Most financial gurus argue that the best tax refund is the one that’s $0, as long as there’s no need to make a payment. However, this is not the most common number that most people will see. The average refund for Americans for the 2015 tax year was $3,210. Needless to say, this is a nice chunk of change.
Many Americans will choose to spend this money on frivolities that bring no lasting financial value. They might put it toward a down payment on a new car or truck. They might decide to renovate a room. These expenses are not likely to build wealth, but there are ways to use a tax refund to build wealth.
A Tax Refund Can Go Toward An Emergency Fund
One of the first steps that personal finance professionals will recommend is that every household set up an emergency fund. They usually urge readers or listeners to start off with $1,000 in an emergency fund. From there, after all debt outside of a home mortgage gets paid off, the emergency fund should build to between three and six months of expenses.
Obviously, $3,120 is not going to meet three to six months of expenses for most people. For those who are fairly frugal and who live outside of some of the more expensive locales, this amount could reach at least one month. If you still have debt, however, the first step to take with your tax refund is to set up a $1,000 emergency fund and put the rest toward the debt.
This $1,000 will improve your net worth. It will also allow you to avoid going into debt if your radiator busts or you need new tires. This is huge. It can remove some of the stress that can come with being a slight emergency from being completely broke.
A Tax Refund Can Pay Off Debt
If you’ve already set up a $1,000 emergency fund, you’re in pretty good shape. There will be no need for you to take on debt if you have an unexpected expense. This can bring you to the second option for building wealth with a tax refund. Rather than buying a new 60-inch flat-screen 3D TV, you can put your new windfall toward any outstanding debt you have.
If you have credit card debt at a high interest rate, the tax refund should go toward it. Even if you have to set up the $1,000 emergency fund first, you’ll still have $2,120 left if you get the national average back. This could go toward debt and save interest costs that will give you more of your income to spend and save going forward. If you have no consumer loans outstanding, the refund can pay off a few months of a student loan or a mortgage early.
Invest Your Tax Refund
If you’re fortunate enough to find yourself with no debt and a fully funded emergency fund, your tax refund should then go to work making more money for you. Perhaps you have a couple of kids and your refund is closer to $5,000. You could almost fund an IRA for a year.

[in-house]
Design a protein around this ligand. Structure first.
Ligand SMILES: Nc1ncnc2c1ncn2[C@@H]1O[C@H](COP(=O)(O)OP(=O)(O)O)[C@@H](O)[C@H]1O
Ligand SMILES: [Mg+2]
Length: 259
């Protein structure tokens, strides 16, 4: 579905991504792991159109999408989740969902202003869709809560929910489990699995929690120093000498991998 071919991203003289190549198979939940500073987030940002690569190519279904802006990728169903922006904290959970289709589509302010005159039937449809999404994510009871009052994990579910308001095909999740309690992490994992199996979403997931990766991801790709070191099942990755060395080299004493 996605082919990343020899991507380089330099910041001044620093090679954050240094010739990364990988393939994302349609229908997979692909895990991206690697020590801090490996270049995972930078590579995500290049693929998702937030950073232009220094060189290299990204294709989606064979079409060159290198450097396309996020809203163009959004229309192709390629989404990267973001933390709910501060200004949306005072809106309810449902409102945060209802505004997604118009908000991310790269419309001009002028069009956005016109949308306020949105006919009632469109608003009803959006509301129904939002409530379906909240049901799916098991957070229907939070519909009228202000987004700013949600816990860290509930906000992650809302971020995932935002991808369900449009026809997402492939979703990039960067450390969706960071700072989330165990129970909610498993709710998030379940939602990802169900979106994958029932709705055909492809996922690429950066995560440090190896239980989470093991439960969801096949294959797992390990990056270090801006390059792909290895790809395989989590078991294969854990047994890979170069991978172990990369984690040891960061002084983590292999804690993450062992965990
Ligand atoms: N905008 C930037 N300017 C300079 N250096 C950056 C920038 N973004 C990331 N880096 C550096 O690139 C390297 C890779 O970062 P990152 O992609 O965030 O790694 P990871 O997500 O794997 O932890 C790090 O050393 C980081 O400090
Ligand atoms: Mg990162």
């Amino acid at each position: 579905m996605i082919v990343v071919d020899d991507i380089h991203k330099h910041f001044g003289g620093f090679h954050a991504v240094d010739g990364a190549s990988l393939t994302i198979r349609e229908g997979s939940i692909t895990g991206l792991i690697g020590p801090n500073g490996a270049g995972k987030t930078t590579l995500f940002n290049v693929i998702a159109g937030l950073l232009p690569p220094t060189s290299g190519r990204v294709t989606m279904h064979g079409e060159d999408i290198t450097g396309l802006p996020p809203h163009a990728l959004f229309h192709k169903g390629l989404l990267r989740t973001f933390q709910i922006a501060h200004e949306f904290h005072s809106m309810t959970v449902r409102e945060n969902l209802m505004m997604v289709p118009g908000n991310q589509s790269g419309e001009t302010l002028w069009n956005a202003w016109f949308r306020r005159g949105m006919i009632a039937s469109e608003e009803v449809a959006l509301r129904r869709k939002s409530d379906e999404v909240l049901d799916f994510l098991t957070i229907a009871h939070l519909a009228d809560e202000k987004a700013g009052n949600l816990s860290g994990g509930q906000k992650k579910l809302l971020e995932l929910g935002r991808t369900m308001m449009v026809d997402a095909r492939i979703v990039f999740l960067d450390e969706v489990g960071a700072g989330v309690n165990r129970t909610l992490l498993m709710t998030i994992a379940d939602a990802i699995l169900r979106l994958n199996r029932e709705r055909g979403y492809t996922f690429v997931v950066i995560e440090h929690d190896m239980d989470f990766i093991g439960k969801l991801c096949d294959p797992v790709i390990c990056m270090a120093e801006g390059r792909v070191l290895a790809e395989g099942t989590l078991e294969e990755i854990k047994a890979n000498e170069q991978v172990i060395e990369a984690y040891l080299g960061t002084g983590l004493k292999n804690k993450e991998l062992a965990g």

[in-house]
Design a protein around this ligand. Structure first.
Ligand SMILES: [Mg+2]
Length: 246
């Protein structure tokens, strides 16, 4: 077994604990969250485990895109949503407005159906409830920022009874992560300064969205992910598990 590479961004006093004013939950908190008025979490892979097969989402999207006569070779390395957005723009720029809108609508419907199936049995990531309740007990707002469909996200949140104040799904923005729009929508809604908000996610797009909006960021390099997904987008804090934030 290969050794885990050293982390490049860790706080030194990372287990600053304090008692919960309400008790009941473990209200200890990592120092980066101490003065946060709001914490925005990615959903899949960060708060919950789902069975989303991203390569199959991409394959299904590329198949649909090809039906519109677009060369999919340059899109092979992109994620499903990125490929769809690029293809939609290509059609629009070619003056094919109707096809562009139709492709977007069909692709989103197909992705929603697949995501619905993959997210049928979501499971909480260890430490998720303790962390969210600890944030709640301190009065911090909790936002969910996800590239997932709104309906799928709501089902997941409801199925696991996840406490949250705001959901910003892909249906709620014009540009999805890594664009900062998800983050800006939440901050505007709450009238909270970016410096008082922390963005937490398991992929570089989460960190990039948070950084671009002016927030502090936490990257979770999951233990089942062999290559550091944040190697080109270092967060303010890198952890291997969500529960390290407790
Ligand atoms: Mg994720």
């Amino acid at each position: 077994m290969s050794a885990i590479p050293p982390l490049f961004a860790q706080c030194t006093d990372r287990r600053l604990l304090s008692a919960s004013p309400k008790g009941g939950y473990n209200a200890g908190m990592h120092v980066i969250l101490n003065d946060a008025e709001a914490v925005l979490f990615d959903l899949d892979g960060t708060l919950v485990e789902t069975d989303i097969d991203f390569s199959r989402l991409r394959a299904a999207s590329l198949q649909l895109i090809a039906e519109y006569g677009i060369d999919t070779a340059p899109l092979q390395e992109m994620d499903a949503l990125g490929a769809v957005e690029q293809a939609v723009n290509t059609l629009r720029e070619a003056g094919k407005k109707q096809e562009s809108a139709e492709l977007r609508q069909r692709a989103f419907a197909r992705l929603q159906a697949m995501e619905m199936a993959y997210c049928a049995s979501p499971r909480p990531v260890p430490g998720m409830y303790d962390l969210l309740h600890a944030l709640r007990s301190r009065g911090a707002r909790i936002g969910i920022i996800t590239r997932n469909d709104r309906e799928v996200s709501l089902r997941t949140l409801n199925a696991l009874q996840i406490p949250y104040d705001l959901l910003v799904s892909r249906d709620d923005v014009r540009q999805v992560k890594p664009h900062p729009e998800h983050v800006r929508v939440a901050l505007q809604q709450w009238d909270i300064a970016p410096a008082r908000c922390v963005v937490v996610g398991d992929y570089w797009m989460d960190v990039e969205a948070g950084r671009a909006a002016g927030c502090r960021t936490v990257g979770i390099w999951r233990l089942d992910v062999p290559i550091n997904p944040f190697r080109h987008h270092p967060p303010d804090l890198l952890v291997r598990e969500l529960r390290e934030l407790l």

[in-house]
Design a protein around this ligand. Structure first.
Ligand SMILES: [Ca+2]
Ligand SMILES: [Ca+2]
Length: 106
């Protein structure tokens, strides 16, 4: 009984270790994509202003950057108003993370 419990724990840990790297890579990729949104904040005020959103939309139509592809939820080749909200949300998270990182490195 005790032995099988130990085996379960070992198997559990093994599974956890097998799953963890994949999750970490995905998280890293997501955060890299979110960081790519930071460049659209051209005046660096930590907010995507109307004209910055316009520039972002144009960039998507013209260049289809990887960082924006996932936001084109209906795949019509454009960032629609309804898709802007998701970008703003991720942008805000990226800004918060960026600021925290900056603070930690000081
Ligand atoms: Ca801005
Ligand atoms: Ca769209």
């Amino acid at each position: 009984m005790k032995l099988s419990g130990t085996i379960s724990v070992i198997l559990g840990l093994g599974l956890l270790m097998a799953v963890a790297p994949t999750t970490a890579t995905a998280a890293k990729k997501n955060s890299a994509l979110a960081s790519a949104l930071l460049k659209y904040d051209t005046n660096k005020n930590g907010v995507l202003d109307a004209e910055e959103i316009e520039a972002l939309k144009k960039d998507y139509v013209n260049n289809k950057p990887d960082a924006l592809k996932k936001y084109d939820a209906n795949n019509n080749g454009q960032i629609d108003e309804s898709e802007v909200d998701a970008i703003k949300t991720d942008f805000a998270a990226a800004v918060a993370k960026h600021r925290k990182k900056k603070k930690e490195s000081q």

If you choose to invest in a Traditional IRA, you’d also see your taxes for the next year cut. The IRS does not ask whether you’ve invested in the IRA with your tax refund. By making a contribution on just the average refund, you’d see a tax cut of at least $312. This is based upon a 10 percent marginal rate on the average tax return. Those who have a rate of 15 percent would see a tax cut of $468 because investments in a Traditional IRA are treated on a tax-deferred basis.
In addition to seeing a tax refund, you’d also see some dividend income start to grow should you decide to put the money to work in stock. You could choose to buy individual dividend-paying stocks, or you could opt for an index fund that tracks the S&P 500, dividend payers, or even the entire US or international markets. The dividend that your companies or funds pay you could then get reinvested to buy even more dividends, which would build passive income even more quickly.
A lower tax bill can only help the next year’s return. Investing in this way can only help you see a growing benefit to using your tax refund for something other than a new car or a cruise. Once you’ve built up a nice net worth, these purchases will take only a small percentage of it. For those who have debts, these purchases will only keep them in debt.
A tax refund is the biggest windfall that most Americans will see in a year. This sudden infusion of money can provide the temptation to go on a spending spree. Rather than buying things that will do nothing to build your wealth, why not use them to build an emergency fund, pay off debt, or invest in stocks or bonds. These steps can help you sleep a bit better at night, and they can definitely help you build up your net worth.
Author Bio: When Chris Price is not teaching history to college students, he’s active in reading up on all things related to history, personal finance and travel hacking.